Classics aren’t like they used to be

I headed out yesterday morning for the Classic. A 19 hour drive gives a man time to think. One of the things I’ve been thinking about is how the Classic has changed in recent years. I’m not so much talking about the publicity and hoopla that surrounds it, but rather about how the product manufacturers respond to it.

Up until the last five or six years the Classic was a fishing event. It determined who was going to be the champion of our sport for the next year. There was a product show, but it mostly showed products that were already on the market or in rare cases those that were still in the development stage.

The real product showcase was ICAST. That’s where the newest and hottest stuff was on display. That was where anybody who made anything worth making was seen and heard. The problem was that most of that new stuff wouldn’t be available to the consumer for months – at the earliest.

That’s changed in recent years. The Classic is now where a lot of products are released. In many cases those products aren’t immediately available to the public, but they will be right after the tournament. Just as important, they’re being used by some of the anglers fishing the Classic. Consumers can see how they perform under real fishing conditions.

What’s happening with me this year is an excellent example. I’ll be using the new Lowrance 3D technology on my electronics. All the advertising in the world, and all the angler endorsements in the world, won’t show an angler as much about that innovation as watching me fish an area using it.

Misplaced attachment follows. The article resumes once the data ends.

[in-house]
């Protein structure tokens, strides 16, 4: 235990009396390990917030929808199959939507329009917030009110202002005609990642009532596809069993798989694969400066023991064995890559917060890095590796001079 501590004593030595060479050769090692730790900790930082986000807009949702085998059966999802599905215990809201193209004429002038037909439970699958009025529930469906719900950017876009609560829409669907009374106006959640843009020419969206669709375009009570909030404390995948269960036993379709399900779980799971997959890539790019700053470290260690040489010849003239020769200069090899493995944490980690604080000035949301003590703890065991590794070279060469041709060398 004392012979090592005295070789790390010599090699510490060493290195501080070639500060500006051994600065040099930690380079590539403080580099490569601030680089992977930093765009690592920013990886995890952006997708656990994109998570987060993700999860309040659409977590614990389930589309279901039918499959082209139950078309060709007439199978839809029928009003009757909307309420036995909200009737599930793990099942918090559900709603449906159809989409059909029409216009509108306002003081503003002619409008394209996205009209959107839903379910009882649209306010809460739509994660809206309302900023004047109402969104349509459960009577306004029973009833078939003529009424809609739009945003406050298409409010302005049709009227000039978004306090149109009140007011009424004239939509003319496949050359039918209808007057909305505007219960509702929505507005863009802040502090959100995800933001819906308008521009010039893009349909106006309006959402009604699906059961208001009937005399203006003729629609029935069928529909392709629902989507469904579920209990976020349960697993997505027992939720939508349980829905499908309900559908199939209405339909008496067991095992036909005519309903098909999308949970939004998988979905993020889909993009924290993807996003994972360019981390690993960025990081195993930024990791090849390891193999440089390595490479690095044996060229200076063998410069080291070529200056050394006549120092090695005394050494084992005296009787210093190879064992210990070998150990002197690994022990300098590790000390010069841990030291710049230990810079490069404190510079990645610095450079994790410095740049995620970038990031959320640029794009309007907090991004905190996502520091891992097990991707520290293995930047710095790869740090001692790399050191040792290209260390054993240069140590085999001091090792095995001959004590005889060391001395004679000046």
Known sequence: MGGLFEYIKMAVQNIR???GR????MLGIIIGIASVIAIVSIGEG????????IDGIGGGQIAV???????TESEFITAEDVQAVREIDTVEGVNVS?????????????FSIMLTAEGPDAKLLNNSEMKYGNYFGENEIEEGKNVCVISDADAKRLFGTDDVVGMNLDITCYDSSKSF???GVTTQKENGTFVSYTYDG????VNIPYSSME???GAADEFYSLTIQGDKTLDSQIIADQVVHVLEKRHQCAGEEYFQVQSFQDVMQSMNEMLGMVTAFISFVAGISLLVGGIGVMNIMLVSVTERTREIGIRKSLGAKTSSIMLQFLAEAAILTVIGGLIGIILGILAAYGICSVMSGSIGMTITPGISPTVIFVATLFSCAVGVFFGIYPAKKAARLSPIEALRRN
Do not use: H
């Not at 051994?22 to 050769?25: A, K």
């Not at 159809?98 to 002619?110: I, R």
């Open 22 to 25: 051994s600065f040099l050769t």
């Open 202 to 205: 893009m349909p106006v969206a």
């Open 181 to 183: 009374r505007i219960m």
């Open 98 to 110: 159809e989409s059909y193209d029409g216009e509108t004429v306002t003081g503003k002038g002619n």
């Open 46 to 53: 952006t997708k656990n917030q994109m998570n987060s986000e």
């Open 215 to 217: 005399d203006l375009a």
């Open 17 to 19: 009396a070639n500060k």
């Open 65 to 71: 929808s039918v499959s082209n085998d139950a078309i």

The same thing is true of a new jig design that I worked on with John Crews of Missile Baits. I can tell you about it, but until you actually see me throw it and catch a big bass with it you won’t truly know why you should have a few of them in your jig box.

I can say the same thing about a new Rapala hard bait. I’m not allowed to say anything more than that about it, but I can say that it’s a bait that’s designed for conditions like we’re going to face on Grand Lake next week. I will fish with it.

Now, to be fair and honest, this trend is not limited to me and my sponsors or to any particular segment of the industry. All of the high-quality companies that make high-quality products – and there are a lot of them in this business – are doing the same things. A savvy angler will take advantage of that.

So, while you’re watching all the action and rooting for your favorite angler, take a minute to see what he’s using. Does it do what it’s supposed to do? Does it hold up under the use and abuse we put it through? Is it worth the money?

If you can answer those questions with a yes, maybe you should buy it. If the answer to those questions is a no, maybe you should look elsewhere.

Mike Iaconelli's column appears weekly on You can also find him on Facebook and Twitter or visit his website,